The mutiny on the Royal Navy vessel HMS Bounty occurred in the south Pacific on 28 April 1789. Disaffected crewmen, led by Acting Lieutenant Fletcher Christian, seized control of the ship from their captain Lieutenant William Bligh and set him and 18 loyalists adrift in the ship’s open launch. The mutineers variously settled on Tahiti or on Pitcairn Island. Bligh meanwhile completed a voyage of more than 3,500 nautical miles (6,500 km; 4,000 mi) in the launch to reach safety, and began the process of bringing the mutineers to justice.
Bounty had left England in 1787 on a mission to collect and transport breadfruit plants from Tahiti to the West Indies. A five-month layover in Tahiti, during which many of the men lived ashore and formed relationships with native Polynesians, proved harmful to discipline. Relations between Bligh and his crew deteriorated after he began handing out increasingly harsh punishments, criticism and abuse, Christian being a particular target. After three weeks back at sea, Christian and others forced Bligh from the ship. Twenty-five men remained on board afterwards, including loyalists held against their will and others for whom there was no room in the launch.
After Bligh reached England in April 1790, the Admiralty despatched HMS Pandora to apprehend the mutineers. Fourteen were captured in Tahiti and imprisoned on board Pandora, which then searched without success for Christian’s party that had hidden on Pitcairn Island. After turning back towards England, Pandora ran aground on the Great Barrier Reef, with the loss of 31 crew and four prisoners from Bounty. The 10 surviving detainees reached England in June 1792 and were court martialled; four were acquitted, three were pardoned and three were hanged.
Christian’s group remained undiscovered on Pitcairn until 1808, by which time only one mutineer, John Adams, remained alive. Almost all his fellow-mutineers, including Christian, had been killed, either by each other or by their Polynesian companions. No action was taken against Adams; descendants of the mutineers and their Tahitian captives live on Pitcairn into the 21st century. The generally accepted view of Bligh as an overbearing monster and Christian as a tragic victim of circumstances, as depicted in well-known film accounts, has been challenged by late 20th- and 21st-century historians from whom a more sympathetic picture of Bligh has emerged.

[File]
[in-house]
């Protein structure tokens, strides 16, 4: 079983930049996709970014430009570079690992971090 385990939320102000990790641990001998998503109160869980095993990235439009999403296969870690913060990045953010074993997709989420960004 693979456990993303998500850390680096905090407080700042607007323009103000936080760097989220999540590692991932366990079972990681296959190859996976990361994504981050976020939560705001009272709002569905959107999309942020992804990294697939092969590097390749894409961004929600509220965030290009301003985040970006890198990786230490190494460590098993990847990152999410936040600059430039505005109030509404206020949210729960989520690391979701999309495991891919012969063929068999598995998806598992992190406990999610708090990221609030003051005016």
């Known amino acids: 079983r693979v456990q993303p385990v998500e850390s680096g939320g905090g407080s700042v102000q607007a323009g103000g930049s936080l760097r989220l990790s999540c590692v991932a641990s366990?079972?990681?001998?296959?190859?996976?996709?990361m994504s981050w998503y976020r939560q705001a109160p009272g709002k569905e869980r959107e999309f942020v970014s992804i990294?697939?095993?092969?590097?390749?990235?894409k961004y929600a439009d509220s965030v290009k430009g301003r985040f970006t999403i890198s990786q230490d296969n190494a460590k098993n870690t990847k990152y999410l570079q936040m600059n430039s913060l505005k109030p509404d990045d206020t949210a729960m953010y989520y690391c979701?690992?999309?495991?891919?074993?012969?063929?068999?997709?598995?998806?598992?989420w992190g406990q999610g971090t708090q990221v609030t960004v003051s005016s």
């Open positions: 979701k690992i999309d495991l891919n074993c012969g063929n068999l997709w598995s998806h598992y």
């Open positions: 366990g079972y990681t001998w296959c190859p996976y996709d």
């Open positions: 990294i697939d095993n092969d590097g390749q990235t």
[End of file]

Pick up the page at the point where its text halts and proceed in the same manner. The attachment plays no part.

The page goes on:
The Rum Rebellion of 1808 was the only successful armed takeover of government in Australian history. During the 19th century, it was widely referred to in Australia as the Great Rebellion. On 26 January 1808, 20 years after Arthur Phillip’s First Fleet of convicts founded Sydney as the first European settlement in Australia, the New South Wales Corps under the command of Major George Johnston, working closely with John MacArthur, deposed the Governor of New South Wales, William Bligh.
Bligh’s stifling of the colony’s rum traffic gave the rebellion its name, though other issues were also involved. Bligh had alienated the NSW Corps by accusing it of corruption and ineptitude, and his arrest of John Macarthur over grazing land for sheep and his attempted manipulation of commodities prices, split the colony.
Later in 1810, the corps was recalled to England and Bligh was vindicated with Johnston being dismissed from service in 1811, and Macarthur unable to return to New South Wales, for fear of facing charges, until 1817. Afterwards, the military ruled the colony, with the senior military officer stationed in Sydney acting as the lieutenant-governor of New South Wales until the arrival from Britain of Major-General Lachlan Macquarie as the new governor at the beginning of 1810.
The Eureka Rebellion was a rebellion in 1854, instigated by gold miners in Ballarat, Victoria, Australia, who revolted against the colonial authority of the United Kingdom. It culminated in the Battle of the Eureka Stockade, which was fought between miners and the colonial forces of Australia on 3 December 1854 at Eureka Lead and named for the stockade structure built by miners during the conflict. The rebellion resulted in the deaths of at least 27 people, the majority of whom were rebels.
The rebellion was the culmination of a period of civil disobedience in the Ballarat region during the Victorian gold rush with miners objecting to the expense of a miner’s licence, taxation via the licence without representation, and the actions of the government, the police and military. The local rebellion grew from a Ballarat Reform League movement and culminated in the erection by the rebels of a crude battlement and a swift and deadly siege by colonial forces.
Mass public support for the captured rebels in the colony’s capital of Melbourne when they were placed on trial resulted in the introduction of the Electoral Act 1856, which mandated suffrage for male colonists in the lower house in the Victorian parliament. This is considered the second instituted act of political democracy in Australia. Female colonists of South Australia were awarded suffrage 5 years later on condition of owning property, much in the way men did not have full suffrage in the absence of property ownership. As such, the Eureka Rebellion is controversially identified with the birth of democracy in Australia and interpreted by some as a political revolt.